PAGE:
Wednesday, July 24, 2013

The Risks of Soccer in La Boca


More than once, in presenting Buenos Aires to audiences in my digital slide talks, I’ve been asked about the issue of safety. Personally, I feel that Buenos Aires is safer than many if not most places in the United States, and my facetious reply is that “There are no drive-by shootings in Buenos Aires.” Firearms, while not absent, are much harder to come by in Argentina than they are in the US.
That doesn’t mean that random violence does not exist, a fact that became obvious early this week when two fans died in a shootout of opposing factions of hooligan gangs of the Boca Juniors soccer team. In fact, this happened not in La Boca itself, but at the Bajo Flores stadium of San Lorenzo, in what was supposed to be a “friendly” match (ironically enough, that’s a term used in both Spanish and English to describe an exhibition that has no effect on league standings, though fans and players obviously take it seriously). The game was suspended, and will probably be replayed next week – with no fans present.
I’m not a soccer fan and, as I’ve indicated before, I’m not particularly interested in viewing a sport where hooligan gangs are a public health hazard. Boca’s hooligan gang is known as “La Doce” (the twelfth man, so-called because of the presumed advantage their fanaticism provides to the 11 players on the field). I have, however, visited the Boca Juniors museum in the bowels of the Bombonera (pictured above), the stadium where the team plays its home games, and found it a valuable experience for understanding the role of soccer in Argentina as a whole and the barrio of La Boca in particular.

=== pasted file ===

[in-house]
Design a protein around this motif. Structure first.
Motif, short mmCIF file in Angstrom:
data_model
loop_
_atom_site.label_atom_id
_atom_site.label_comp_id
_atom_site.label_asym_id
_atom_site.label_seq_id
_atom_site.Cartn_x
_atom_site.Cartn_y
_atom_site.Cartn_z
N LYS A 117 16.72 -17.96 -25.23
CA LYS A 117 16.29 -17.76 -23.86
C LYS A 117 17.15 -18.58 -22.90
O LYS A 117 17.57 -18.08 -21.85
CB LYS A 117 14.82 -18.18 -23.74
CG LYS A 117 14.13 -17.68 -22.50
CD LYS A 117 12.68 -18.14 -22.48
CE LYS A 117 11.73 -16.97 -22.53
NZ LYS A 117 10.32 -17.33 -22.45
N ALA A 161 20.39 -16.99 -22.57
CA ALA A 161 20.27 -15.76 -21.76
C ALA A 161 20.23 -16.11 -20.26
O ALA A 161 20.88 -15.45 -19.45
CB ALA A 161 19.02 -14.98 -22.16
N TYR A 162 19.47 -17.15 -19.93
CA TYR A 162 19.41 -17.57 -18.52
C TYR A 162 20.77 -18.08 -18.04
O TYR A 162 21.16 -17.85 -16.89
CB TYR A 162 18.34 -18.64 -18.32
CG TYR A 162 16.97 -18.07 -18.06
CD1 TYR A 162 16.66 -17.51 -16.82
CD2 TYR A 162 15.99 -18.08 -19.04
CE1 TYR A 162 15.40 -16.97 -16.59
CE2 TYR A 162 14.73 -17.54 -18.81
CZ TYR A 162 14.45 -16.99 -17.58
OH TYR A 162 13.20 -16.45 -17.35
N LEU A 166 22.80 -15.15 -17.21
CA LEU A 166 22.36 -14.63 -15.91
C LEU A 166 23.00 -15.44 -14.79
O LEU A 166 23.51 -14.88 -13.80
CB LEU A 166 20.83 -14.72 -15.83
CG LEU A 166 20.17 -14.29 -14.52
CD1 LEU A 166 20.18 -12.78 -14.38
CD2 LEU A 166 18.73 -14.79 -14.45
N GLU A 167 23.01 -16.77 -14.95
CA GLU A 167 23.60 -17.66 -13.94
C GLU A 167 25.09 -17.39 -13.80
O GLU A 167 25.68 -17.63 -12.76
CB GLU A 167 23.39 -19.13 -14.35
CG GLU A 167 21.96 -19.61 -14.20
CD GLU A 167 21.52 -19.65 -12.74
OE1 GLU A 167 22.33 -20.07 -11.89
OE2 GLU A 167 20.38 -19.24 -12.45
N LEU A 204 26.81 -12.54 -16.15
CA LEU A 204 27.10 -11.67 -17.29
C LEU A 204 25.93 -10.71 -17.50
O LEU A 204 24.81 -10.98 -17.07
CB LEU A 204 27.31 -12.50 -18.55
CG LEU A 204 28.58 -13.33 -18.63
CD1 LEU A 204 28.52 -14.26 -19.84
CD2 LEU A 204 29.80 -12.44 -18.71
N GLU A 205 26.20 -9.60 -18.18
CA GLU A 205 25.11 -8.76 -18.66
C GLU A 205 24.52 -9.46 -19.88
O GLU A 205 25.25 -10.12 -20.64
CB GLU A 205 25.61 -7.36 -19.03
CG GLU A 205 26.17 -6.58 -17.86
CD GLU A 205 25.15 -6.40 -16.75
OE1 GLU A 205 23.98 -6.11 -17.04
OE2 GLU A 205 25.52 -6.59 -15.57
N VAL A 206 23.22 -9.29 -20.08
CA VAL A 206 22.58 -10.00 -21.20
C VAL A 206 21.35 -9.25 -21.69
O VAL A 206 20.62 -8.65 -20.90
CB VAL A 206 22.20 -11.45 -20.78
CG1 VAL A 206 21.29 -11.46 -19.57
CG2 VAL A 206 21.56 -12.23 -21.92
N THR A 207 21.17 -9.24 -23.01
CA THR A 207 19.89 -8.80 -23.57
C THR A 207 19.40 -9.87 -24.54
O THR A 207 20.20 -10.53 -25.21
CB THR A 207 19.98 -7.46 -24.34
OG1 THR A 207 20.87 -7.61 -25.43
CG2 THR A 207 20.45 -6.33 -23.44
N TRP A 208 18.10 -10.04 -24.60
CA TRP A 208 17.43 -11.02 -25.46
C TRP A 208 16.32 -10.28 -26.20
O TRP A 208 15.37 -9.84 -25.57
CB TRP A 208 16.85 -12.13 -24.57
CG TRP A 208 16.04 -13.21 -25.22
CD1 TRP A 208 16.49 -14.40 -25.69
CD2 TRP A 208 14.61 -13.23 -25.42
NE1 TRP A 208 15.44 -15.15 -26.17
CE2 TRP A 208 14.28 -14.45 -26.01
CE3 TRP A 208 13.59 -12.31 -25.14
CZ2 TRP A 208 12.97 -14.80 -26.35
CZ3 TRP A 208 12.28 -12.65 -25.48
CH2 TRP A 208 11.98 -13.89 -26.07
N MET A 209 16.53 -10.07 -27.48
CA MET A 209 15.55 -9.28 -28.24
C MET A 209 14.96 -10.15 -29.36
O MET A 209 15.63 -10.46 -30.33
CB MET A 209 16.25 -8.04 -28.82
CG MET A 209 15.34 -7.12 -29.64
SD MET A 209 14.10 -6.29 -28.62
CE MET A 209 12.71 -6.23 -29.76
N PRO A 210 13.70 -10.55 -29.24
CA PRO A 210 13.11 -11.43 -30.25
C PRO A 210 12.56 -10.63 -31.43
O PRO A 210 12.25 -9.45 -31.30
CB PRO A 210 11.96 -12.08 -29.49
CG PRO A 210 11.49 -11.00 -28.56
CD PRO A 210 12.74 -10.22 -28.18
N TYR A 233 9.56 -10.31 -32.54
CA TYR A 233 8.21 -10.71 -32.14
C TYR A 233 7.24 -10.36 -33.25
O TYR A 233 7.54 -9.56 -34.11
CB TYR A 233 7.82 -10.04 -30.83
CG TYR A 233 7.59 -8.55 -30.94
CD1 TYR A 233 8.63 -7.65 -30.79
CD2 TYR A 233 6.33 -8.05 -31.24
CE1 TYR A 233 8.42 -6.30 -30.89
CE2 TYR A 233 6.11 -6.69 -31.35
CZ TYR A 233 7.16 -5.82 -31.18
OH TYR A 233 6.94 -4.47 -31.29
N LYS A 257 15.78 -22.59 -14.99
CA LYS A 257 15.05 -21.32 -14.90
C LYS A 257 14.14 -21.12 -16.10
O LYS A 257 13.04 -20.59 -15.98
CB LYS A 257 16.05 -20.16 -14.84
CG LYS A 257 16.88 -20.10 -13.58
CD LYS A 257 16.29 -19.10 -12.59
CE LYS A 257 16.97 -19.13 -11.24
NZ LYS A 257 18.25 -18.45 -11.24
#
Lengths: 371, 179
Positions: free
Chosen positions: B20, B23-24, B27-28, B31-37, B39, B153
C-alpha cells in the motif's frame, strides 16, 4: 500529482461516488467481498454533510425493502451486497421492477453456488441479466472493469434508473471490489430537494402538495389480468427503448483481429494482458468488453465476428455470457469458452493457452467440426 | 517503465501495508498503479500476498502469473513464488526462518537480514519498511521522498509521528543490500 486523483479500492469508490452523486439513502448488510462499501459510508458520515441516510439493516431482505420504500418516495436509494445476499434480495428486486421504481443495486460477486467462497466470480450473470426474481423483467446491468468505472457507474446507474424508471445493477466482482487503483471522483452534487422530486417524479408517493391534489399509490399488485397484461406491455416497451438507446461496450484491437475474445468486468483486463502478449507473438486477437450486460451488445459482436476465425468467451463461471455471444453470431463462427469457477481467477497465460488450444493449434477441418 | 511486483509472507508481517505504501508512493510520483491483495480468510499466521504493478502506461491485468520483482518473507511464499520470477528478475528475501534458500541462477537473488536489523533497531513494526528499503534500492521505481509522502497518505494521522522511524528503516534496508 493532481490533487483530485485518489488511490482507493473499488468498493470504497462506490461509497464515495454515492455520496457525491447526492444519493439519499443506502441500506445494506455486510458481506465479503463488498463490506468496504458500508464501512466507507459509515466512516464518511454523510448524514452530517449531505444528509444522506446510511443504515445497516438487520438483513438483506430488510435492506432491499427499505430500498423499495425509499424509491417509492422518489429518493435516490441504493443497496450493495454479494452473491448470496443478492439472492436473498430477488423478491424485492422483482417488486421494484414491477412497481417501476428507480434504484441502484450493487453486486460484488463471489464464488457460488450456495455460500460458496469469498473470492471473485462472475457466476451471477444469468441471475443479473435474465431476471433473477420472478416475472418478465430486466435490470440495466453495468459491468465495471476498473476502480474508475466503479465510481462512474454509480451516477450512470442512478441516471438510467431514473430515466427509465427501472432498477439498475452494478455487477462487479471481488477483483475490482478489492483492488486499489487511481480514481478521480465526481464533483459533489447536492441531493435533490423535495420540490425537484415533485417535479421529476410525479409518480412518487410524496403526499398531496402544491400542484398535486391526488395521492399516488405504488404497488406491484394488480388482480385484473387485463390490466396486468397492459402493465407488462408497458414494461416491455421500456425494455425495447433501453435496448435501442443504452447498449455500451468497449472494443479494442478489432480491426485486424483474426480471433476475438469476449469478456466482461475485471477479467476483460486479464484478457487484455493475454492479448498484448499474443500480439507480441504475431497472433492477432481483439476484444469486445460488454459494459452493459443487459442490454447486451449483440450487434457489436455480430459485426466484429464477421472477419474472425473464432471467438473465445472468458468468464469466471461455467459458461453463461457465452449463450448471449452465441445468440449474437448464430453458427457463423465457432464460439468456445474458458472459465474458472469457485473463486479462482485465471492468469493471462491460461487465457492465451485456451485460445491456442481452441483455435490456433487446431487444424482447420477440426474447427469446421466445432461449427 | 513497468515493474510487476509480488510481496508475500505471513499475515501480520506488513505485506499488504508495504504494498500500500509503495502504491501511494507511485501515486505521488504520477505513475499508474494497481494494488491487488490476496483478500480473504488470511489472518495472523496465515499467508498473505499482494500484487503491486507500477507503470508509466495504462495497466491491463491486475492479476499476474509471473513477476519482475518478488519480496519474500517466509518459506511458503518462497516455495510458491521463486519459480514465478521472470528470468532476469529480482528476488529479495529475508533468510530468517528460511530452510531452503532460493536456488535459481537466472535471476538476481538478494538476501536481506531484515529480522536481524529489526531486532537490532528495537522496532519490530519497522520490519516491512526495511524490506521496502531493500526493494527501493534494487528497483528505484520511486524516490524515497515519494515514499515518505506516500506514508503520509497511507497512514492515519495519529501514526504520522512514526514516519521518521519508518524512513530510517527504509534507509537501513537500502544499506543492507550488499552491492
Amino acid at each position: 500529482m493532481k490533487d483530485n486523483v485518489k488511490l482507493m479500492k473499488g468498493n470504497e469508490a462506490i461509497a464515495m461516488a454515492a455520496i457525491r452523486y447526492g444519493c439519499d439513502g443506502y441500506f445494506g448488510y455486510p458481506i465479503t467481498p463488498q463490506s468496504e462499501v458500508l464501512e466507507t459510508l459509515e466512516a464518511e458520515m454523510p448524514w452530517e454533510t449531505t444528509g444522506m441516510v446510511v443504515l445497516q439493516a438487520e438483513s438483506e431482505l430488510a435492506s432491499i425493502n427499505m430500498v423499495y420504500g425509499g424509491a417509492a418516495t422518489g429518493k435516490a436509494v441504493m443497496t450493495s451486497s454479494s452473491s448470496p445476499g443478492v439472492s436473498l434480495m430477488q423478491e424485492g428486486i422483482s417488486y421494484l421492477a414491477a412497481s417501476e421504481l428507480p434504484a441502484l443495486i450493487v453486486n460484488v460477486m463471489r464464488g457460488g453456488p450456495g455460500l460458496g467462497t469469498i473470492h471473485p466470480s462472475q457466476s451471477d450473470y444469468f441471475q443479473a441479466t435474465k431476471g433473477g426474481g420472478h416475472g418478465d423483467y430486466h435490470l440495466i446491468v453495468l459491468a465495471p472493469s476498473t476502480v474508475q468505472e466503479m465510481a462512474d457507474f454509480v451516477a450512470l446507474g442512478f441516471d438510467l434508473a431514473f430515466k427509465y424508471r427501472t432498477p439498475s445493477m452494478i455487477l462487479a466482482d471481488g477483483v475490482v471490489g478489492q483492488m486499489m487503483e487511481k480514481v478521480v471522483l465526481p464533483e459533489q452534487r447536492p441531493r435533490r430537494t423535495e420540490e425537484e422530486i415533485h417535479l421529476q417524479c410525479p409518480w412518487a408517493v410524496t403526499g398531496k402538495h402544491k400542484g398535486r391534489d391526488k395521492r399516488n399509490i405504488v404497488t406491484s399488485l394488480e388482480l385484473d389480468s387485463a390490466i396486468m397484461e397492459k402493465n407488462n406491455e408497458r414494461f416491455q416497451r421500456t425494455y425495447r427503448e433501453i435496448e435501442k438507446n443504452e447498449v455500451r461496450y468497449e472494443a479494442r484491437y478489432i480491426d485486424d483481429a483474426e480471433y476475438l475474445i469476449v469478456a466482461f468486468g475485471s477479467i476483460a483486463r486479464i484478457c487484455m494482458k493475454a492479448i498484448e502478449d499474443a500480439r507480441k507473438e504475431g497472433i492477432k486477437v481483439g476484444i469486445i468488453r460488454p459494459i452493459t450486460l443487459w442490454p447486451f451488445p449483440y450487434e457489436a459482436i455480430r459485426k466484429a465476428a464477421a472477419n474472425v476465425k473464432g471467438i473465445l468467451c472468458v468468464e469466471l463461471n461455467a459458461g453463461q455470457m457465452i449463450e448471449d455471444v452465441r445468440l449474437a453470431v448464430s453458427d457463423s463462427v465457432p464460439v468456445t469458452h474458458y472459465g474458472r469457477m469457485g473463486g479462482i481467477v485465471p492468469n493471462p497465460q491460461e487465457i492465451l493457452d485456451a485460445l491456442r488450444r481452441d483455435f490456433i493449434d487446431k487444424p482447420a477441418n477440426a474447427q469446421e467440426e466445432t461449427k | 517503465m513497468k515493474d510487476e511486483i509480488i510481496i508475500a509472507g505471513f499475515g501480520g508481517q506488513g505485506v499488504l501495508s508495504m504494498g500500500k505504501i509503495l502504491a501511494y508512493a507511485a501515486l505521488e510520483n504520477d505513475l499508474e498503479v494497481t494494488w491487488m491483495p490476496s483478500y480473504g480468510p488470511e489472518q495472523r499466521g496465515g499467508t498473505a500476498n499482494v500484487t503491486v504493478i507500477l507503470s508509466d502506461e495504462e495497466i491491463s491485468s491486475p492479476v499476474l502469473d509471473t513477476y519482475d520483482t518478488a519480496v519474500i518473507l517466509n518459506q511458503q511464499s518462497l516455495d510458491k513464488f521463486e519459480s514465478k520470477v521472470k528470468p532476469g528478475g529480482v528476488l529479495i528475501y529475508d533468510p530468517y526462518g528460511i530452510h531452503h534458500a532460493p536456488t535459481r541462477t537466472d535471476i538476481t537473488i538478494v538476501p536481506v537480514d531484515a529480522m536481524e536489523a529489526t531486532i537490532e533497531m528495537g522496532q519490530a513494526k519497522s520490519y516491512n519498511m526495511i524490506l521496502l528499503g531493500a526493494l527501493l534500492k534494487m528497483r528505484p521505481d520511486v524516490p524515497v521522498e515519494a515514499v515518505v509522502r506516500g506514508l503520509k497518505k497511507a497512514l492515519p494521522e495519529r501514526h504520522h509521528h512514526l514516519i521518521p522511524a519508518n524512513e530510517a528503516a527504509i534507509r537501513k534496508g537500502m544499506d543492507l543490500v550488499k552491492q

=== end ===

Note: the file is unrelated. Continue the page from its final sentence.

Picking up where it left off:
That said, the museum has one major shortcoming. While it provides exhaustive coverage of the franchise’s illustrious on-field history and the players who have worn its blue and gold colors (as indicated in the photo above), and does a pretty good job of stresses its ties to the barrio, it omits any mention whatsoever of the notorious barras bravas (which are in reality soccer mafias) that make attending a match potentially risky. When I asked museum staff about the topic, their response was evasive – suggesting that they themselves are fearful of what La Doce might do if there were any criticism of the hooligans.

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